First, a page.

Structure of the coat protein-binding domain of the scaffolding protein from a double-stranded DNA virus 1 1 Edited by M. Summers

Structure of the coat protein-binding domain of the scaffolding protein from a double-stranded... Scaffolding proteins are required for high fidelity assembly of most high T number dsDNA viruses such as the large bacteriophages, and the herpesvirus family. They function by transiently binding and positioning the coat protein subunits during capsid assembly. In both bacteriophage P22 and the herpesviruses the extreme scaffold C terminus is highly charged, is predicted to be an amphipathic α-helix, and is sufficient to bind the coat protein, suggesting a common mode of action. NMR studies show that the coat protein-binding domain of P22 scaffolding protein exhibits a helix-loop-helix motif stabilized by a hydrophobic core. One face of the motif is characterized by a high density of positive charges that could interact with the coat protein through electrostatic interactions. Results from previous studies with a truncation fragment and the observed salt sensitivity of the assembly process are explained by the NMR structure. http://www.deepdyve.com/assets/images/DeepDyve-Logo-lg.png Journal of Molecular Biology Elsevier

Structure of the coat protein-binding domain of the scaffolding protein from a double-stranded DNA virus 1 1 Edited by M. Summers

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Publisher
Elsevier
Copyright
Copyright © 2000 Academic Press
ISSN
0022-2836
DOI
10.1006/jmbi.2000.3620
Publisher site
See Article on Publisher Site

Abstract

Scaffolding proteins are required for high fidelity assembly of most high T number dsDNA viruses such as the large bacteriophages, and the herpesvirus family. They function by transiently binding and positioning the coat protein subunits during capsid assembly. In both bacteriophage P22 and the herpesviruses the extreme scaffold C terminus is highly charged, is predicted to be an amphipathic α-helix, and is sufficient to bind the coat protein, suggesting a common mode of action. NMR studies show that the coat protein-binding domain of P22 scaffolding protein exhibits a helix-loop-helix motif stabilized by a hydrophobic core. One face of the motif is characterized by a high density of positive charges that could interact with the coat protein through electrostatic interactions. Results from previous studies with a truncation fragment and the observed salt sensitivity of the assembly process are explained by the NMR structure.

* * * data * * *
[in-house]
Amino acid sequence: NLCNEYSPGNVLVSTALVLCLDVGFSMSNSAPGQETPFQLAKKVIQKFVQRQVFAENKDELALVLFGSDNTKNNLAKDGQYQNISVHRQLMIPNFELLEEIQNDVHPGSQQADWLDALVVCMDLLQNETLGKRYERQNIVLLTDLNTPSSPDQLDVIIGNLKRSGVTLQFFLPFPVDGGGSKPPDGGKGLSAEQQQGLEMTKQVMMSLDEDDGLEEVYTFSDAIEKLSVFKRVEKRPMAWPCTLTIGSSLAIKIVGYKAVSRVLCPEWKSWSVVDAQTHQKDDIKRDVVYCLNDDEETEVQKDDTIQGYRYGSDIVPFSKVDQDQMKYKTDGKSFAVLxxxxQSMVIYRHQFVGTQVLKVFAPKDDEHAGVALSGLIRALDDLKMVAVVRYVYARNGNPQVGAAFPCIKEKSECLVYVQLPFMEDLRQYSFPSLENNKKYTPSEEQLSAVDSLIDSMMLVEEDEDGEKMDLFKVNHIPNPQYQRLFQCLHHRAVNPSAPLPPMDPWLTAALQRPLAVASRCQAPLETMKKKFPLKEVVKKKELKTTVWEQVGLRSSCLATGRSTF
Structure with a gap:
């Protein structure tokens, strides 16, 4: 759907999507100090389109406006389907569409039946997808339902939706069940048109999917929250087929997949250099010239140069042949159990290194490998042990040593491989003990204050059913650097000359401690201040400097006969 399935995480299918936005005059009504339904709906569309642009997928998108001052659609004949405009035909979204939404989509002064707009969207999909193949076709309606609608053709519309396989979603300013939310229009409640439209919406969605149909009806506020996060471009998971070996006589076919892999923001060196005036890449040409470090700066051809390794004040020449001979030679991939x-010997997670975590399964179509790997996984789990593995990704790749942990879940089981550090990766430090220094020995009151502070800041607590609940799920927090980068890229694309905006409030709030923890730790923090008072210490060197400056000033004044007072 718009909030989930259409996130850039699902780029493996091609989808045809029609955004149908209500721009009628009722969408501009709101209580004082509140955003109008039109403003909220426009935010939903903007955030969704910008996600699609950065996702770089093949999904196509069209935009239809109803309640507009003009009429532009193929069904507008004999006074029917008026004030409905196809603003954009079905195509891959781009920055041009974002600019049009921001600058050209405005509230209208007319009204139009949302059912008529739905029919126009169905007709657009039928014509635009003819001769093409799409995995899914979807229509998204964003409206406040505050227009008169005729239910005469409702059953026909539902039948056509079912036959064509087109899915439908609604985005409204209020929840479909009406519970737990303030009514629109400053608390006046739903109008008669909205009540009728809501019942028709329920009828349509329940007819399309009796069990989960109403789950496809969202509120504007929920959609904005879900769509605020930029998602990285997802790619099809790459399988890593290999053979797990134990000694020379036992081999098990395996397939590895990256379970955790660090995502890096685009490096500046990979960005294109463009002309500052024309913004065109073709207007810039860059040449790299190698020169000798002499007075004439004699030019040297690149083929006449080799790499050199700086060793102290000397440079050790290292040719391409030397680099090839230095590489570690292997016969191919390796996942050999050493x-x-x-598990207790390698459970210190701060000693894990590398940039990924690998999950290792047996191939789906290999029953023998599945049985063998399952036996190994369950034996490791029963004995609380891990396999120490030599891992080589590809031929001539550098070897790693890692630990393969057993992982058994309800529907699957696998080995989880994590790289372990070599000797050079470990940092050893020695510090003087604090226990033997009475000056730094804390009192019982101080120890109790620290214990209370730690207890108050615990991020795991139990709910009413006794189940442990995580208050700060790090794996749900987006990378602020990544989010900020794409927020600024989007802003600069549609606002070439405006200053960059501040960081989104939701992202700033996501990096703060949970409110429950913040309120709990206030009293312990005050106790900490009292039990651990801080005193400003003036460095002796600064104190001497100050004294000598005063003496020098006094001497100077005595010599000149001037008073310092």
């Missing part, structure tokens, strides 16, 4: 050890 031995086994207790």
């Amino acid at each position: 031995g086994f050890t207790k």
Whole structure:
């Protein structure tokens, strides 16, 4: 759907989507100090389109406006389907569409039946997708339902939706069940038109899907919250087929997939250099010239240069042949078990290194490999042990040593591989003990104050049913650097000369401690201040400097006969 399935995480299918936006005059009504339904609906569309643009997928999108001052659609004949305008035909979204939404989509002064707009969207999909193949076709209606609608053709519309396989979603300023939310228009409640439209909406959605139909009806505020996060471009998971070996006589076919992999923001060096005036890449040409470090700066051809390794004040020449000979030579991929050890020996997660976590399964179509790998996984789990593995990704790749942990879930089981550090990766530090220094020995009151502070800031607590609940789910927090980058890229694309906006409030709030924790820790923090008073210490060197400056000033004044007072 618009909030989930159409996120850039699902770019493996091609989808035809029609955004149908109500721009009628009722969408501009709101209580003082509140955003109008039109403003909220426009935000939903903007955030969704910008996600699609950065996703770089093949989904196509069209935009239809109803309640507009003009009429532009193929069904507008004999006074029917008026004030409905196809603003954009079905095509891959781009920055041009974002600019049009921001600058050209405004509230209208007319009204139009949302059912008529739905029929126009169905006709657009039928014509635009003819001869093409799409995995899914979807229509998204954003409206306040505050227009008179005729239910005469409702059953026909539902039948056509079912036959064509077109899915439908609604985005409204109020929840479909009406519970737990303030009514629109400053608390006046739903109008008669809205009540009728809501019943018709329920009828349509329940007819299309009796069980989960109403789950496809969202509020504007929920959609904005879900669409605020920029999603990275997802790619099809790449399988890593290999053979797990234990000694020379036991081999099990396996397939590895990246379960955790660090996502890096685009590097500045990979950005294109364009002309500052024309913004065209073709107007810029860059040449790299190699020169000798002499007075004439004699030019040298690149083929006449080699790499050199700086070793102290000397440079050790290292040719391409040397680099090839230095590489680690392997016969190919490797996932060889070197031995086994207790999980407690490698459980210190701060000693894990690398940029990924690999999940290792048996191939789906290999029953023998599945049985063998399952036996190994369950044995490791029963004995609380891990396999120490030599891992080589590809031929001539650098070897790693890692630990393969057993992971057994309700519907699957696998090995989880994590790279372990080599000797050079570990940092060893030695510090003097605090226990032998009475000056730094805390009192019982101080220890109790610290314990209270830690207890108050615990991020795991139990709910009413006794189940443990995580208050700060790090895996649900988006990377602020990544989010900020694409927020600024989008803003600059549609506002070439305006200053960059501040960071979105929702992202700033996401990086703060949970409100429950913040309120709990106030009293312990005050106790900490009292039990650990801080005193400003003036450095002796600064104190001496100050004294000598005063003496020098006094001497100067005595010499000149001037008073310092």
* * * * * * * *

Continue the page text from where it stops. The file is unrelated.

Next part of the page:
Journal

Journal of Molecular BiologyElsevier

Published: Apr 14, 2000

References

  • The structure of tetratricopeptide repeats of protein phosphatase
    Das, A.K.; Cohen, P.W.A.; Burford, D.
  • Classical electrostatics in biology and chemistry
    Honig, B.; Nicholls, A.
  • Bacteriophage P22 scaffolding protein forms oligomers in solution
    Parker, M.H.; Stafford, W.F.; Prevelige, P.
  • Cloning, purification, and preliminary characterization by circular dichroism and NMR of a carboxyl-terminal domain of the bacteriophage P22 scaffolding protein
    Parker, M.H.; Jablonsky, M.; Casjens, S.; Sampson, L.; Krishna, N.R.; Prevelige, P.E.
  • Three-dimensional structure of scaffolding-containing phage P22 procapsids by electron cryo-microscopy
    Thuman-Commike, P.A.; Greene, B.; Jakana, J.; Prasad, B.V.; King, J.; Prevelige, P.E.; Chiu, W.
  • A helical coat protein recognition domain of the bacteriophage P22 scaffolding protein
    Tuma, R.; Parker, M.H.; Weigele, P.; Sampson, L.; Sun, Y.; Krishna, N.R.; Casjens, S.; Thomas, G.J.; Prevelige, P.E.

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